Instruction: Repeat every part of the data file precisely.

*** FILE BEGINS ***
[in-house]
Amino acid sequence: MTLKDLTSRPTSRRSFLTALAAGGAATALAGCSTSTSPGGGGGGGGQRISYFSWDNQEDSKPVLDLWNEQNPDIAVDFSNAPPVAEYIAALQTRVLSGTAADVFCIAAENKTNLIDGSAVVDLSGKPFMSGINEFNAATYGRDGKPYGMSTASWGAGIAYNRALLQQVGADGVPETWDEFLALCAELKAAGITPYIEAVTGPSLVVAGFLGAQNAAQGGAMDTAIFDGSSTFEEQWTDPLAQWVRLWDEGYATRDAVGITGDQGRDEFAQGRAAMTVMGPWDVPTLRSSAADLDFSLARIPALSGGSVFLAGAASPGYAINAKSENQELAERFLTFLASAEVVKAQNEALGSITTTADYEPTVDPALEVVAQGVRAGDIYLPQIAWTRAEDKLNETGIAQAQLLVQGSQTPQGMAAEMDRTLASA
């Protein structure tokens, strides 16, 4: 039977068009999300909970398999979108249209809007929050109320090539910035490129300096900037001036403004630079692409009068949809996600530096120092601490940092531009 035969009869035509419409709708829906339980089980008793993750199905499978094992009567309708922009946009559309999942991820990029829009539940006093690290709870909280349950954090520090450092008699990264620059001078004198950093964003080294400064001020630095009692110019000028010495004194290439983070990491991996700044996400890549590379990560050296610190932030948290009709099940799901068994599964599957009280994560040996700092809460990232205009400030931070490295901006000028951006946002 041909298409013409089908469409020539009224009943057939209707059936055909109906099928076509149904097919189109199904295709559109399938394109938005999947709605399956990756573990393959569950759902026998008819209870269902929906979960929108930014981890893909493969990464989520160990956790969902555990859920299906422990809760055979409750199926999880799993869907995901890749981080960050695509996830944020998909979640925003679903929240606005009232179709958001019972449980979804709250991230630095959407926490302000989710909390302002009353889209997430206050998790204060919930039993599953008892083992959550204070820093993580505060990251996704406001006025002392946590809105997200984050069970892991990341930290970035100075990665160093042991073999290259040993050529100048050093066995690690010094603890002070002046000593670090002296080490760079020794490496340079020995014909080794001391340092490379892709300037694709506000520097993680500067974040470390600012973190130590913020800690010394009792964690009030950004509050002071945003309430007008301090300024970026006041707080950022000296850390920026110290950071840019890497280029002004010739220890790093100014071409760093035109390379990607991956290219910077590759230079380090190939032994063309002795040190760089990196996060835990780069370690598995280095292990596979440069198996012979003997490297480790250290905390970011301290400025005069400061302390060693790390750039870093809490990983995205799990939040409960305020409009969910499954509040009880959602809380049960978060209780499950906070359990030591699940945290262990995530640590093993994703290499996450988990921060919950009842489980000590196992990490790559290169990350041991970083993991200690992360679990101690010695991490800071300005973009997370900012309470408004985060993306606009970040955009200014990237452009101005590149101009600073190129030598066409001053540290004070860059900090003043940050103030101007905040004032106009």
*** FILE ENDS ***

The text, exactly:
[in-house]
Amino acid sequence: MTLKDLTSRPTSRRSFLTALAAGGAATALAGCSTSTSPGGGGGGGGQRISYFSWDNQEDSKPVLDLWNEQNPDIAVDFSNAPPVAEYIAALQTRVLSGTAADVFCIAAENKTNLIDGSAVVDLSGKPFMSGINEFNAATYGRDGKPYGMSTASWGAGIAYNRALLQQVGADGVPETWDEFLALCAELKAAGITPYIEAVTGPSLVVAGFLGAQNAAQGGAMDTAIFDGSSTFEEQWTDPLAQWVRLWDEGYATRDAVGITGDQGRDEFAQGRAAMTVMGPWDVPTLRSSAADLDFSLARIPALSGGSVFLAGAASPGYAINAKSENQELAERFLTFLASAEVVKAQNEALGSITTTADYEPTVDPALEVVAQGVRAGDIYLPQIAWTRAEDKLNETGIAQAQLLVQGSQTPQGMAAEMDRTLASA
């Protein structure tokens, strides 16, 4: 039977068009999300909970398999979108249209809007929050109320090539910035490129300096900037001036403004630079692409009068949809996600530096120092601490940092531009 035969009869035509419409709708829906339980089980008793993750199905499978094992009567309708922009946009559309999942991820990029829009539940006093690290709870909280349950954090520090450092008699990264620059001078004198950093964003080294400064001020630095009692110019000028010495004194290439983070990491991996700044996400890549590379990560050296610190932030948290009709099940799901068994599964599957009280994560040996700092809460990232205009400030931070490295901006000028951006946002 041909298409013409089908469409020539009224009943057939209707059936055909109906099928076509149904097919189109199904295709559109399938394109938005999947709605399956990756573990393959569950759902026998008819209870269902929906979960929108930014981890893909493969990464989520160990956790969902555990859920299906422990809760055979409750199926999880799993869907995901890749981080960050695509996830944020998909979640925003679903929240606005009232179709958001019972449980979804709250991230630095959407926490302000989710909390302002009353889209997430206050998790204060919930039993599953008892083992959550204070820093993580505060990251996704406001006025002392946590809105997200984050069970892991990341930290970035100075990665160093042991073999290259040993050529100048050093066995690690010094603890002070002046000593670090002296080490760079020794490496340079020995014909080794001391340092490379892709300037694709506000520097993680500067974040470390600012973190130590913020800690010394009792964690009030950004509050002071945003309430007008301090300024970026006041707080950022000296850390920026110290950071840019890497280029002004010739220890790093100014071409760093035109390379990607991956290219910077590759230079380090190939032994063309002795040190760089990196996060835990780069370690598995280095292990596979440069198996012979003997490297480790250290905390970011301290400025005069400061302390060693790390750039870093809490990983995205799990939040409960305020409009969910499954509040009880959602809380049960978060209780499950906070359990030591699940945290262990995530640590093993994703290499996450988990921060919950009842489980000590196992990490790559290169990350041991970083993991200690992360679990101690010695991490800071300005973009997370900012309470408004985060993306606009970040955009200014990237452009101005590149101009600073190129030598066409001053540290004070860059900090003043940050103030101007905040004032106009």